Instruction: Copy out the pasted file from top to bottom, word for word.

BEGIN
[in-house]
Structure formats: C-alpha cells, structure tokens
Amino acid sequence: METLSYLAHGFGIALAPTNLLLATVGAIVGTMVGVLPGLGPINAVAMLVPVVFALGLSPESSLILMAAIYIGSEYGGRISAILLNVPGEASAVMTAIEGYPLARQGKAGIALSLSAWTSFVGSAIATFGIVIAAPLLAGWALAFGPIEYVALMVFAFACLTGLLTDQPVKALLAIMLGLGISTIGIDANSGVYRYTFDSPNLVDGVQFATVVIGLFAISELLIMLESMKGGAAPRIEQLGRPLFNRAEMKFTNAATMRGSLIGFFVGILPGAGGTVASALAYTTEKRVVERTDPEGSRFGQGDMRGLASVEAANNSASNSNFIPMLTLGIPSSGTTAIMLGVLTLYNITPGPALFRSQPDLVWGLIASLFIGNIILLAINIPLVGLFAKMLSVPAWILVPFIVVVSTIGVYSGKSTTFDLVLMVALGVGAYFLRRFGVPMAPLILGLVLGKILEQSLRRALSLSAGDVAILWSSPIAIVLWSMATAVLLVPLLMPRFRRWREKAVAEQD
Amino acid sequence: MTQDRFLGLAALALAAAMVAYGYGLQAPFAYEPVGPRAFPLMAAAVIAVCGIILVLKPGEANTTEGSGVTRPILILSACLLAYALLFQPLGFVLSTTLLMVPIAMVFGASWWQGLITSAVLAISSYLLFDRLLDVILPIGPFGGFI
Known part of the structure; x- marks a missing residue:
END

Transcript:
[in-house]
Structure formats: C-alpha cells, structure tokens
Amino acid sequence: METLSYLAHGFGIALAPTNLLLATVGAIVGTMVGVLPGLGPINAVAMLVPVVFALGLSPESSLILMAAIYIGSEYGGRISAILLNVPGEASAVMTAIEGYPLARQGKAGIALSLSAWTSFVGSAIATFGIVIAAPLLAGWALAFGPIEYVALMVFAFACLTGLLTDQPVKALLAIMLGLGISTIGIDANSGVYRYTFDSPNLVDGVQFATVVIGLFAISELLIMLESMKGGAAPRIEQLGRPLFNRAEMKFTNAATMRGSLIGFFVGILPGAGGTVASALAYTTEKRVVERTDPEGSRFGQGDMRGLASVEAANNSASNSNFIPMLTLGIPSSGTTAIMLGVLTLYNITPGPALFRSQPDLVWGLIASLFIGNIILLAINIPLVGLFAKMLSVPAWILVPFIVVVSTIGVYSGKSTTFDLVLMVALGVGAYFLRRFGVPMAPLILGLVLGKILEQSLRRALSLSAGDVAILWSSPIAIVLWSMATAVLLVPLLMPRFRRWREKAVAEQD
Amino acid sequence: MTQDRFLGLAALALAAAMVAYGYGLQAPFAYEPVGPRAFPLMAAAVIAVCGIILVLKPGEANTTEGSGVTRPILILSACLLAYALLFQPLGFVLSTTLLMVPIAMVFGASWWQGLITSAVLAISSYLLFDRLLDVILPIGPFGGFI
Known part of the structure; x- marks a missing residue: